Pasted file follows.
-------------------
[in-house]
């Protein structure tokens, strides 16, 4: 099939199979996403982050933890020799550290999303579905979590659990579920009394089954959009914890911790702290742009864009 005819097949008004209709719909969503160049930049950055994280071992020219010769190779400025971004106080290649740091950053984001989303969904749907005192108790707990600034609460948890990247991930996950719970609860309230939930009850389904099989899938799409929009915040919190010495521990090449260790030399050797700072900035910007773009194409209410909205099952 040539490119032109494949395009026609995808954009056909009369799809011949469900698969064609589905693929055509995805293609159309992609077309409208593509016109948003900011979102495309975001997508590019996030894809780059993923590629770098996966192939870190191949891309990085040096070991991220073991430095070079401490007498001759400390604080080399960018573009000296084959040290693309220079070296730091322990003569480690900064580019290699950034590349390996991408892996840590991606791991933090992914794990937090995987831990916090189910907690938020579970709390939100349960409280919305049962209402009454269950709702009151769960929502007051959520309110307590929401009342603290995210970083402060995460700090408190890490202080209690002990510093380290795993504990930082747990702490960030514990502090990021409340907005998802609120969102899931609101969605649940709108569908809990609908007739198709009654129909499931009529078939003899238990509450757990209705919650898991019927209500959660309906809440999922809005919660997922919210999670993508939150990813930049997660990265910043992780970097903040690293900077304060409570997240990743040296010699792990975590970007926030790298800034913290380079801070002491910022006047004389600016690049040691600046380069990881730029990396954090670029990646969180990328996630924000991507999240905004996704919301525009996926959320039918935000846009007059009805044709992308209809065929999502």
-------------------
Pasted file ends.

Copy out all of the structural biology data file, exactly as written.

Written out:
[in-house]
């Protein structure tokens, strides 16, 4: 099939199979996403982050933890020799550290999303579905979590659990579920009394089954959009914890911790702290742009864009 005819097949008004209709719909969503160049930049950055994280071992020219010769190779400025971004106080290649740091950053984001989303969904749907005192108790707990600034609460948890990247991930996950719970609860309230939930009850389904099989899938799409929009915040919190010495521990090449260790030399050797700072900035910007773009194409209410909205099952 040539490119032109494949395009026609995808954009056909009369799809011949469900698969064609589905693929055509995805293609159309992609077309409208593509016109948003900011979102495309975001997508590019996030894809780059993923590629770098996966192939870190191949891309990085040096070991991220073991430095070079401490007498001759400390604080080399960018573009000296084959040290693309220079070296730091322990003569480690900064580019290699950034590349390996991408892996840590991606791991933090992914794990937090995987831990916090189910907690938020579970709390939100349960409280919305049962209402009454269950709702009151769960929502007051959520309110307590929401009342603290995210970083402060995460700090408190890490202080209690002990510093380290795993504990930082747990702490960030514990502090990021409340907005998802609120969102899931609101969605649940709108569908809990609908007739198709009654129909499931009529078939003899238990509450757990209705919650898991019927209500959660309906809440999922809005919660997922919210999670993508939150990813930049997660990265910043992780970097903040690293900077304060409570997240990743040296010699792990975590970007926030790298800034913290380079801070002491910022006047004389600016690049040691600046380069990881730029990396954090670029990646969180990328996630924000991507999240905004996704919301525009996926959320039918935000846009007059009805044709992308209809065929999502």